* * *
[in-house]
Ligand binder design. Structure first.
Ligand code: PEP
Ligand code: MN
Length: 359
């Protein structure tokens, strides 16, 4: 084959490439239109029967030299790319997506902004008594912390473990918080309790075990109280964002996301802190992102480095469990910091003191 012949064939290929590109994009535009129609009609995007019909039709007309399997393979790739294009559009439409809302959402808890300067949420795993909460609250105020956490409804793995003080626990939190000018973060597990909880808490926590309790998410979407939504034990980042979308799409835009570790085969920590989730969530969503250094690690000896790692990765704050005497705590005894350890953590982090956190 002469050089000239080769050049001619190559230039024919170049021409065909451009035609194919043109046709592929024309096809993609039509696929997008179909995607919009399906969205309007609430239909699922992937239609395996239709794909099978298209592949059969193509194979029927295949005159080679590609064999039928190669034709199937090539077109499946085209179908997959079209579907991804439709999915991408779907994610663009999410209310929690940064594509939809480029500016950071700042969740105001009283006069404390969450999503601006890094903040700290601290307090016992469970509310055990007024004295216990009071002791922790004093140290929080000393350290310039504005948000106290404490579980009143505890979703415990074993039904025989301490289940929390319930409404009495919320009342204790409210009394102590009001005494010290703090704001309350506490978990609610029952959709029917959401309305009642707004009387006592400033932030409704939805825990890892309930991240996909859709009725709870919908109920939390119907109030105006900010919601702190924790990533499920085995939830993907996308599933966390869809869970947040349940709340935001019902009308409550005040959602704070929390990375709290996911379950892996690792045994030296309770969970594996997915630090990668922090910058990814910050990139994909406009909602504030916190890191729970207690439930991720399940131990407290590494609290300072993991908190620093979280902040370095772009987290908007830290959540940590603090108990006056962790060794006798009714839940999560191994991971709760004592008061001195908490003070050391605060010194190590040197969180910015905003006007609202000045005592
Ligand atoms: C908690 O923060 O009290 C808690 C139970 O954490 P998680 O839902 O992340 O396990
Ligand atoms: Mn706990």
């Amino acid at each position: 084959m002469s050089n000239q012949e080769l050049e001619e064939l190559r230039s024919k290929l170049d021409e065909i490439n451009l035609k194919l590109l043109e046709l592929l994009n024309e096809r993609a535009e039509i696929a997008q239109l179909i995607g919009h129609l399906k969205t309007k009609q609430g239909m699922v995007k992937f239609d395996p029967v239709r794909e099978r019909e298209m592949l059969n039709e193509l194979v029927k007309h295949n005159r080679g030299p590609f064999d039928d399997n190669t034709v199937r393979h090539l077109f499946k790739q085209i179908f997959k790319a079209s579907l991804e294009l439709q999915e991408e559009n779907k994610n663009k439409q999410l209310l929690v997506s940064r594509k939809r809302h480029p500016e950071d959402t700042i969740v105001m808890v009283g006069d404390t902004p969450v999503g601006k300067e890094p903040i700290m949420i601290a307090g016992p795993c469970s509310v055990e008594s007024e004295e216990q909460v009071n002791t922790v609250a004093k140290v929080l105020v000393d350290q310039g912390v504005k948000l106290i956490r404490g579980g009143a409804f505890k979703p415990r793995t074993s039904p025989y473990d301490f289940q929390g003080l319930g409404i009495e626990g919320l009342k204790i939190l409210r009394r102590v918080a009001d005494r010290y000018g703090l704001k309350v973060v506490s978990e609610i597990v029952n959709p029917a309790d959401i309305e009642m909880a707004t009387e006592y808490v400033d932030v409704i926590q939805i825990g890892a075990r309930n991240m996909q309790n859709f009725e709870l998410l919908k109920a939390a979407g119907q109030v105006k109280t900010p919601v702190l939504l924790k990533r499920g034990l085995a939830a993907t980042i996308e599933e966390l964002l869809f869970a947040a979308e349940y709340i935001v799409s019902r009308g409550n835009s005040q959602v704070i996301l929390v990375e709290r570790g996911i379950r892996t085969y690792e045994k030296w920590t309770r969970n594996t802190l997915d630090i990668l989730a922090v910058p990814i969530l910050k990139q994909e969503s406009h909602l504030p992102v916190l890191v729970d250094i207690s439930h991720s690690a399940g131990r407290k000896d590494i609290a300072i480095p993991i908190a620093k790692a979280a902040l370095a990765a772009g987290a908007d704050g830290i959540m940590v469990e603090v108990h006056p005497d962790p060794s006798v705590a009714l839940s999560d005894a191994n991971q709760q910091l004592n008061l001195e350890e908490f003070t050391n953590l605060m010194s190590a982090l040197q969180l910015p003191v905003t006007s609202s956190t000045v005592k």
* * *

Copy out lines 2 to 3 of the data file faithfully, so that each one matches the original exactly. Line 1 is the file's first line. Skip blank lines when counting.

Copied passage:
Ligand binder design. Structure first.
Ligand code: PEP